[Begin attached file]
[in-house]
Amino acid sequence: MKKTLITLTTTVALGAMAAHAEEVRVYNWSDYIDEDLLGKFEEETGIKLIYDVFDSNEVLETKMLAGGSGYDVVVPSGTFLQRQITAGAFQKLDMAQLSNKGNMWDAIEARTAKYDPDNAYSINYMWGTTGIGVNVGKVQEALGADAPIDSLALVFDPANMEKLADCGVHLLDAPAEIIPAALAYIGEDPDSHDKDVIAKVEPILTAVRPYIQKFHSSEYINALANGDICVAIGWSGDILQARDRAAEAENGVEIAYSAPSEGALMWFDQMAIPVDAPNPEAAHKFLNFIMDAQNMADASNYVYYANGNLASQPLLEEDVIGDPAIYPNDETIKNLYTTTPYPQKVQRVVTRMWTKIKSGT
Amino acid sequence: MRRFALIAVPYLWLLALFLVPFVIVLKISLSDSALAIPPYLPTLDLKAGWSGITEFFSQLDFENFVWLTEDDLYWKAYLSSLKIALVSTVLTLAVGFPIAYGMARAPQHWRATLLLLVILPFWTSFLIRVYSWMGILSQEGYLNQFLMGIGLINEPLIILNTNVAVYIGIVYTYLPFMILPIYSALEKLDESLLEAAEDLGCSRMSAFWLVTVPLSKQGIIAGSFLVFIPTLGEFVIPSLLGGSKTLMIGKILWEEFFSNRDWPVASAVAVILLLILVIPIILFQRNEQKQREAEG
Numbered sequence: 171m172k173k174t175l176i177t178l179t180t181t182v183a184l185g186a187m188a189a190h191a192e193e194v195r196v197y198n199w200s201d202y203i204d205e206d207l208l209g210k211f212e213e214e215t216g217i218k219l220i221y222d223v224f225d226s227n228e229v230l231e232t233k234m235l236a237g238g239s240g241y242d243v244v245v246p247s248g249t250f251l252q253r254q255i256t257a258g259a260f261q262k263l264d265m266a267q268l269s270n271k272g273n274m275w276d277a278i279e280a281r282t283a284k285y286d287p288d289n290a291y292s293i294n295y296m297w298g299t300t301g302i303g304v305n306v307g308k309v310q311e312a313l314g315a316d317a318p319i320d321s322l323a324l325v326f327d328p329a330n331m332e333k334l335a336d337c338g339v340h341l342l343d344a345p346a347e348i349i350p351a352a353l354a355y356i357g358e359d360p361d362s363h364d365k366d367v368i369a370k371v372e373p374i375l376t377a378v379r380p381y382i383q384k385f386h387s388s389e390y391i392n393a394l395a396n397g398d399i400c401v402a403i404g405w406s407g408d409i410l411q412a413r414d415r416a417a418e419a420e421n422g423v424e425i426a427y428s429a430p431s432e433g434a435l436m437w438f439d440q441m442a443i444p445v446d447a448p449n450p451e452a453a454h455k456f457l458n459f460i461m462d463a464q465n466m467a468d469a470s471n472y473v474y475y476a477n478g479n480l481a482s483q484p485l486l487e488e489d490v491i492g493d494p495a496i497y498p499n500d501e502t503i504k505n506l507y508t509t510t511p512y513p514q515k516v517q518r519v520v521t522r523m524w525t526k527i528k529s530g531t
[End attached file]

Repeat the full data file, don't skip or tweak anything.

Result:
[in-house]
Amino acid sequence: MKKTLITLTTTVALGAMAAHAEEVRVYNWSDYIDEDLLGKFEEETGIKLIYDVFDSNEVLETKMLAGGSGYDVVVPSGTFLQRQITAGAFQKLDMAQLSNKGNMWDAIEARTAKYDPDNAYSINYMWGTTGIGVNVGKVQEALGADAPIDSLALVFDPANMEKLADCGVHLLDAPAEIIPAALAYIGEDPDSHDKDVIAKVEPILTAVRPYIQKFHSSEYINALANGDICVAIGWSGDILQARDRAAEAENGVEIAYSAPSEGALMWFDQMAIPVDAPNPEAAHKFLNFIMDAQNMADASNYVYYANGNLASQPLLEEDVIGDPAIYPNDETIKNLYTTTPYPQKVQRVVTRMWTKIKSGT
Amino acid sequence: MRRFALIAVPYLWLLALFLVPFVIVLKISLSDSALAIPPYLPTLDLKAGWSGITEFFSQLDFENFVWLTEDDLYWKAYLSSLKIALVSTVLTLAVGFPIAYGMARAPQHWRATLLLLVILPFWTSFLIRVYSWMGILSQEGYLNQFLMGIGLINEPLIILNTNVAVYIGIVYTYLPFMILPIYSALEKLDESLLEAAEDLGCSRMSAFWLVTVPLSKQGIIAGSFLVFIPTLGEFVIPSLLGGSKTLMIGKILWEEFFSNRDWPVASAVAVILLLILVIPIILFQRNEQKQREAEG
Numbered sequence: 171m172k173k174t175l176i177t178l179t180t181t182v183a184l185g186a187m188a189a190h191a192e193e194v195r196v197y198n199w200s201d202y203i204d205e206d207l208l209g210k211f212e213e214e215t216g217i218k219l220i221y222d223v224f225d226s227n228e229v230l231e232t233k234m235l236a237g238g239s240g241y242d243v244v245v246p247s248g249t250f251l252q253r254q255i256t257a258g259a260f261q262k263l264d265m266a267q268l269s270n271k272g273n274m275w276d277a278i279e280a281r282t283a284k285y286d287p288d289n290a291y292s293i294n295y296m297w298g299t300t301g302i303g304v305n306v307g308k309v310q311e312a313l314g315a316d317a318p319i320d321s322l323a324l325v326f327d328p329a330n331m332e333k334l335a336d337c338g339v340h341l342l343d344a345p346a347e348i349i350p351a352a353l354a355y356i357g358e359d360p361d362s363h364d365k366d367v368i369a370k371v372e373p374i375l376t377a378v379r380p381y382i383q384k385f386h387s388s389e390y391i392n393a394l395a396n397g398d399i400c401v402a403i404g405w406s407g408d409i410l411q412a413r414d415r416a417a418e419a420e421n422g423v424e425i426a427y428s429a430p431s432e433g434a435l436m437w438f439d440q441m442a443i444p445v446d447a448p449n450p451e452a453a454h455k456f457l458n459f460i461m462d463a464q465n466m467a468d469a470s471n472y473v474y475y476a477n478g479n480l481a482s483q484p485l486l487e488e489d490v491i492g493d494p495a496i497y498p499n500d501e502t503i504k505n506l507y508t509t510t511p512y513p514q515k516v517q518r519v520v521t522r523m524w525t526k527i528k529s530g531t